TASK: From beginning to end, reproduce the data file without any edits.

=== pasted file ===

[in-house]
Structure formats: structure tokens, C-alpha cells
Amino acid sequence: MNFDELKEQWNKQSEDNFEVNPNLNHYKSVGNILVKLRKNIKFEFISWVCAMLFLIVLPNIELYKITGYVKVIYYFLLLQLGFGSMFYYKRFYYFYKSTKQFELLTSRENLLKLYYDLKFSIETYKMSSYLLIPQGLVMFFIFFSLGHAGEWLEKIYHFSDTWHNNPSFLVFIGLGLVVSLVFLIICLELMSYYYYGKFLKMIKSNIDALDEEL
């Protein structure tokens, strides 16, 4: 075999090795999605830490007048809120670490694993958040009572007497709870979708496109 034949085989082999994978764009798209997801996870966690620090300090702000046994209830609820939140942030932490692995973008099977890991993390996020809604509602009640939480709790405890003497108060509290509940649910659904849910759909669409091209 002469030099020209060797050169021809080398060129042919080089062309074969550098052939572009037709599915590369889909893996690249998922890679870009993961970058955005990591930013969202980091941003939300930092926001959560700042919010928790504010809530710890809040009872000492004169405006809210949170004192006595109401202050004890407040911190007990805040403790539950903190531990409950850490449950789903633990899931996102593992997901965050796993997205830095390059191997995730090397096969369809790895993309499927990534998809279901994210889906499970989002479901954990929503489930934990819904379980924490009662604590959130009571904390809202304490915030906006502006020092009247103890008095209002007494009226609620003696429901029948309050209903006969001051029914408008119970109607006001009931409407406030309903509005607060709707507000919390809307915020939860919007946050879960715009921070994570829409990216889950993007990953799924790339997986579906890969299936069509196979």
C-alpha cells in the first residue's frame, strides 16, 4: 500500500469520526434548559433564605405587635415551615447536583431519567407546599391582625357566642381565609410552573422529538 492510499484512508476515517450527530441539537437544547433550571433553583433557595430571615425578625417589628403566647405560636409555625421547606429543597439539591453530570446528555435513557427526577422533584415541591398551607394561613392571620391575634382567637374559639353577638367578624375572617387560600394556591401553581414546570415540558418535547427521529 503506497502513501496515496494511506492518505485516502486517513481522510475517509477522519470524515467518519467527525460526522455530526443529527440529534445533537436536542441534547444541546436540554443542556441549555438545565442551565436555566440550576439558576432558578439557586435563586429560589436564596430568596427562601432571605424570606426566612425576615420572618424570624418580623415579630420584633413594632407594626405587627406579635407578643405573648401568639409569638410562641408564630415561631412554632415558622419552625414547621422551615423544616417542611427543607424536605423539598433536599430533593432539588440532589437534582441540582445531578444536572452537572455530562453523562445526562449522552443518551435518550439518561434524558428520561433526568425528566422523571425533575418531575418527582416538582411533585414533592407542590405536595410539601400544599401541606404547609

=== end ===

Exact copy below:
[in-house]
Structure formats: structure tokens, C-alpha cells
Amino acid sequence: MNFDELKEQWNKQSEDNFEVNPNLNHYKSVGNILVKLRKNIKFEFISWVCAMLFLIVLPNIELYKITGYVKVIYYFLLLQLGFGSMFYYKRFYYFYKSTKQFELLTSRENLLKLYYDLKFSIETYKMSSYLLIPQGLVMFFIFFSLGHAGEWLEKIYHFSDTWHNNPSFLVFIGLGLVVSLVFLIICLELMSYYYYGKFLKMIKSNIDALDEEL
């Protein structure tokens, strides 16, 4: 075999090795999605830490007048809120670490694993958040009572007497709870979708496109 034949085989082999994978764009798209997801996870966690620090300090702000046994209830609820939140942030932490692995973008099977890991993390996020809604509602009640939480709790405890003497108060509290509940649910659904849910759909669409091209 002469030099020209060797050169021809080398060129042919080089062309074969550098052939572009037709599915590369889909893996690249998922890679870009993961970058955005990591930013969202980091941003939300930092926001959560700042919010928790504010809530710890809040009872000492004169405006809210949170004192006595109401202050004890407040911190007990805040403790539950903190531990409950850490449950789903633990899931996102593992997901965050796993997205830095390059191997995730090397096969369809790895993309499927990534998809279901994210889906499970989002479901954990929503489930934990819904379980924490009662604590959130009571904390809202304490915030906006502006020092009247103890008095209002007494009226609620003696429901029948309050209903006969001051029914408008119970109607006001009931409407406030309903509005607060709707507000919390809307915020939860919007946050879960715009921070994570829409990216889950993007990953799924790339997986579906890969299936069509196979």
C-alpha cells in the first residue's frame, strides 16, 4: 500500500469520526434548559433564605405587635415551615447536583431519567407546599391582625357566642381565609410552573422529538 492510499484512508476515517450527530441539537437544547433550571433553583433557595430571615425578625417589628403566647405560636409555625421547606429543597439539591453530570446528555435513557427526577422533584415541591398551607394561613392571620391575634382567637374559639353577638367578624375572617387560600394556591401553581414546570415540558418535547427521529 503506497502513501496515496494511506492518505485516502486517513481522510475517509477522519470524515467518519467527525460526522455530526443529527440529534445533537436536542441534547444541546436540554443542556441549555438545565442551565436555566440550576439558576432558578439557586435563586429560589436564596430568596427562601432571605424570606426566612425576615420572618424570624418580623415579630420584633413594632407594626405587627406579635407578643405573648401568639409569638410562641408564630415561631412554632415558622419552625414547621422551615423544616417542611427543607424536605423539598433536599430533593432539588440532589437534582441540582445531578444536572452537572455530562453523562445526562449522552443518551435518550439518561434524558428520561433526568425528566422523571425533575418531575418527582416538582411533585414533592407542590405536595410539601400544599401541606404547609